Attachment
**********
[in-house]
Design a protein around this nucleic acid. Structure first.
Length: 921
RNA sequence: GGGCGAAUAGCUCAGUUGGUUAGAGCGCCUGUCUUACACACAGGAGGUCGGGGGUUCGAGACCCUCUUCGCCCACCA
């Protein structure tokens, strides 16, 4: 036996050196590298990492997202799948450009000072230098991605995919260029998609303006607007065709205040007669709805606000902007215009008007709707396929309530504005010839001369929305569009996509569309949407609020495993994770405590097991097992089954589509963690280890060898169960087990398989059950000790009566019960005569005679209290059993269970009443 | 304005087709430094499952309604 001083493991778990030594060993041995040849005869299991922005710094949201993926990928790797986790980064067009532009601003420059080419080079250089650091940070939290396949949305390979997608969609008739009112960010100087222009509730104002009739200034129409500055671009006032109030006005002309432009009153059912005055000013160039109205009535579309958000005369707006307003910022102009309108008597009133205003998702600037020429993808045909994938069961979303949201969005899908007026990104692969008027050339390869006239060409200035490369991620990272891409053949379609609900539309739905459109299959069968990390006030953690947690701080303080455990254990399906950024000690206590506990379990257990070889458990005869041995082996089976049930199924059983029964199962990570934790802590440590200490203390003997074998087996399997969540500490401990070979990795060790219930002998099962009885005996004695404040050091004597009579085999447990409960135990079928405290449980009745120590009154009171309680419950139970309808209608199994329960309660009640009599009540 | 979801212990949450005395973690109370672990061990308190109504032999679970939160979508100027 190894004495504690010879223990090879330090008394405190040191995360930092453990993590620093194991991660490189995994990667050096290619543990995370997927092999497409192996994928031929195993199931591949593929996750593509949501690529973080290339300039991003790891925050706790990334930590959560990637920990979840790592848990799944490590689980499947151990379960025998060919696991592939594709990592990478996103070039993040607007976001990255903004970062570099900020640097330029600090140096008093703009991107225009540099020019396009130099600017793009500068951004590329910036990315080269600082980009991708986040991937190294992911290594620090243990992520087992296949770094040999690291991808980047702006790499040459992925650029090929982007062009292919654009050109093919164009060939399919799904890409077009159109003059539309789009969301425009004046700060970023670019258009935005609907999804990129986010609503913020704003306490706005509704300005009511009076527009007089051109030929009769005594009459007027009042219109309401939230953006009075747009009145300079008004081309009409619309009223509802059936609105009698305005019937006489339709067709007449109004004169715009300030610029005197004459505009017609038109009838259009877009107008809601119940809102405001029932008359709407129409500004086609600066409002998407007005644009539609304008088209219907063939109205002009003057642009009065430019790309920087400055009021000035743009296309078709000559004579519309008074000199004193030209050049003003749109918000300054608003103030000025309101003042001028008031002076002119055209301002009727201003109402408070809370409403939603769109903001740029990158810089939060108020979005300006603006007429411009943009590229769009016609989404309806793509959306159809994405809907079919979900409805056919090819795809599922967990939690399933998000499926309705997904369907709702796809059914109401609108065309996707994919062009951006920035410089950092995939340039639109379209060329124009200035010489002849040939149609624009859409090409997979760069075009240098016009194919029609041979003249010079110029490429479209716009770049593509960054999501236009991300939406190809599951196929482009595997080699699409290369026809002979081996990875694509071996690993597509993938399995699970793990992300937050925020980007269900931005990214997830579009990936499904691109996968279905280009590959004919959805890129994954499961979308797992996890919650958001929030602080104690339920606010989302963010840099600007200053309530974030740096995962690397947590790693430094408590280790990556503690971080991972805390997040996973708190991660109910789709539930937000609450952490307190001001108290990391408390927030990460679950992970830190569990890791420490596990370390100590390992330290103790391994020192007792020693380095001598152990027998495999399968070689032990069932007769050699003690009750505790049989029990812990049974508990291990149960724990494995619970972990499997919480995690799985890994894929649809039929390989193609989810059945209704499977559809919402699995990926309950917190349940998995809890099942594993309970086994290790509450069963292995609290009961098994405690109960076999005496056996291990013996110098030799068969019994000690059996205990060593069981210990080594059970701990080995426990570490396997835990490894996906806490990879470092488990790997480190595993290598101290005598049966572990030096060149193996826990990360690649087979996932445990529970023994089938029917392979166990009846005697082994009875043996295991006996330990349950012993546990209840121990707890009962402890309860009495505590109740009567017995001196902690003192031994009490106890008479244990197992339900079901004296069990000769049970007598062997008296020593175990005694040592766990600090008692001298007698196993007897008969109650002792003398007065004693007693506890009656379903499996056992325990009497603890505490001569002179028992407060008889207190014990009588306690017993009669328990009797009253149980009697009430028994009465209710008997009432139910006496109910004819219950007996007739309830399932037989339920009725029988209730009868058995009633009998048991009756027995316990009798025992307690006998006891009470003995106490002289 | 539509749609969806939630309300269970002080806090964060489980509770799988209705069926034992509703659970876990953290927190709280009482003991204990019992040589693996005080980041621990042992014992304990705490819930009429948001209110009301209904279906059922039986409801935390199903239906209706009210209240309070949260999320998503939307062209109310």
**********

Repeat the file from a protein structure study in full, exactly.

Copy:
[in-house]
Design a protein around this nucleic acid. Structure first.
Length: 921
RNA sequence: GGGCGAAUAGCUCAGUUGGUUAGAGCGCCUGUCUUACACACAGGAGGUCGGGGGUUCGAGACCCUCUUCGCCCACCA
């Protein structure tokens, strides 16, 4: 036996050196590298990492997202799948450009000072230098991605995919260029998609303006607007065709205040007669709805606000902007215009008007709707396929309530504005010839001369929305569009996509569309949407609020495993994770405590097991097992089954589509963690280890060898169960087990398989059950000790009566019960005569005679209290059993269970009443 | 304005087709430094499952309604 001083493991778990030594060993041995040849005869299991922005710094949201993926990928790797986790980064067009532009601003420059080419080079250089650091940070939290396949949305390979997608969609008739009112960010100087222009509730104002009739200034129409500055671009006032109030006005002309432009009153059912005055000013160039109205009535579309958000005369707006307003910022102009309108008597009133205003998702600037020429993808045909994938069961979303949201969005899908007026990104692969008027050339390869006239060409200035490369991620990272891409053949379609609900539309739905459109299959069968990390006030953690947690701080303080455990254990399906950024000690206590506990379990257990070889458990005869041995082996089976049930199924059983029964199962990570934790802590440590200490203390003997074998087996399997969540500490401990070979990795060790219930002998099962009885005996004695404040050091004597009579085999447990409960135990079928405290449980009745120590009154009171309680419950139970309808209608199994329960309660009640009599009540 | 979801212990949450005395973690109370672990061990308190109504032999679970939160979508100027 190894004495504690010879223990090879330090008394405190040191995360930092453990993590620093194991991660490189995994990667050096290619543990995370997927092999497409192996994928031929195993199931591949593929996750593509949501690529973080290339300039991003790891925050706790990334930590959560990637920990979840790592848990799944490590689980499947151990379960025998060919696991592939594709990592990478996103070039993040607007976001990255903004970062570099900020640097330029600090140096008093703009991107225009540099020019396009130099600017793009500068951004590329910036990315080269600082980009991708986040991937190294992911290594620090243990992520087992296949770094040999690291991808980047702006790499040459992925650029090929982007062009292919654009050109093919164009060939399919799904890409077009159109003059539309789009969301425009004046700060970023670019258009935005609907999804990129986010609503913020704003306490706005509704300005009511009076527009007089051109030929009769005594009459007027009042219109309401939230953006009075747009009145300079008004081309009409619309009223509802059936609105009698305005019937006489339709067709007449109004004169715009300030610029005197004459505009017609038109009838259009877009107008809601119940809102405001029932008359709407129409500004086609600066409002998407007005644009539609304008088209219907063939109205002009003057642009009065430019790309920087400055009021000035743009296309078709000559004579519309008074000199004193030209050049003003749109918000300054608003103030000025309101003042001028008031002076002119055209301002009727201003109402408070809370409403939603769109903001740029990158810089939060108020979005300006603006007429411009943009590229769009016609989404309806793509959306159809994405809907079919979900409805056919090819795809599922967990939690399933998000499926309705997904369907709702796809059914109401609108065309996707994919062009951006920035410089950092995939340039639109379209060329124009200035010489002849040939149609624009859409090409997979760069075009240098016009194919029609041979003249010079110029490429479209716009770049593509960054999501236009991300939406190809599951196929482009595997080699699409290369026809002979081996990875694509071996690993597509993938399995699970793990992300937050925020980007269900931005990214997830579009990936499904691109996968279905280009590959004919959805890129994954499961979308797992996890919650958001929030602080104690339920606010989302963010840099600007200053309530974030740096995962690397947590790693430094408590280790990556503690971080991972805390997040996973708190991660109910789709539930937000609450952490307190001001108290990391408390927030990460679950992970830190569990890791420490596990370390100590390992330290103790391994020192007792020693380095001598152990027998495999399968070689032990069932007769050699003690009750505790049989029990812990049974508990291990149960724990494995619970972990499997919480995690799985890994894929649809039929390989193609989810059945209704499977559809919402699995990926309950917190349940998995809890099942594993309970086994290790509450069963292995609290009961098994405690109960076999005496056996291990013996110098030799068969019994000690059996205990060593069981210990080594059970701990080995426990570490396997835990490894996906806490990879470092488990790997480190595993290598101290005598049966572990030096060149193996826990990360690649087979996932445990529970023994089938029917392979166990009846005697082994009875043996295991006996330990349950012993546990209840121990707890009962402890309860009495505590109740009567017995001196902690003192031994009490106890008479244990197992339900079901004296069990000769049970007598062997008296020593175990005694040592766990600090008692001298007698196993007897008969109650002792003398007065004693007693506890009656379903499996056992325990009497603890505490001569002179028992407060008889207190014990009588306690017993009669328990009797009253149980009697009430028994009465209710008997009432139910006496109910004819219950007996007739309830399932037989339920009725029988209730009868058995009633009998048991009756027995316990009798025992307690006998006891009470003995106490002289 | 539509749609969806939630309300269970002080806090964060489980509770799988209705069926034992509703659970876990953290927190709280009482003991204990019992040589693996005080980041621990042992014992304990705490819930009429948001209110009301209904279906059922039986409801935390199903239906209706009210209240309070949260999320998503939307062209109310």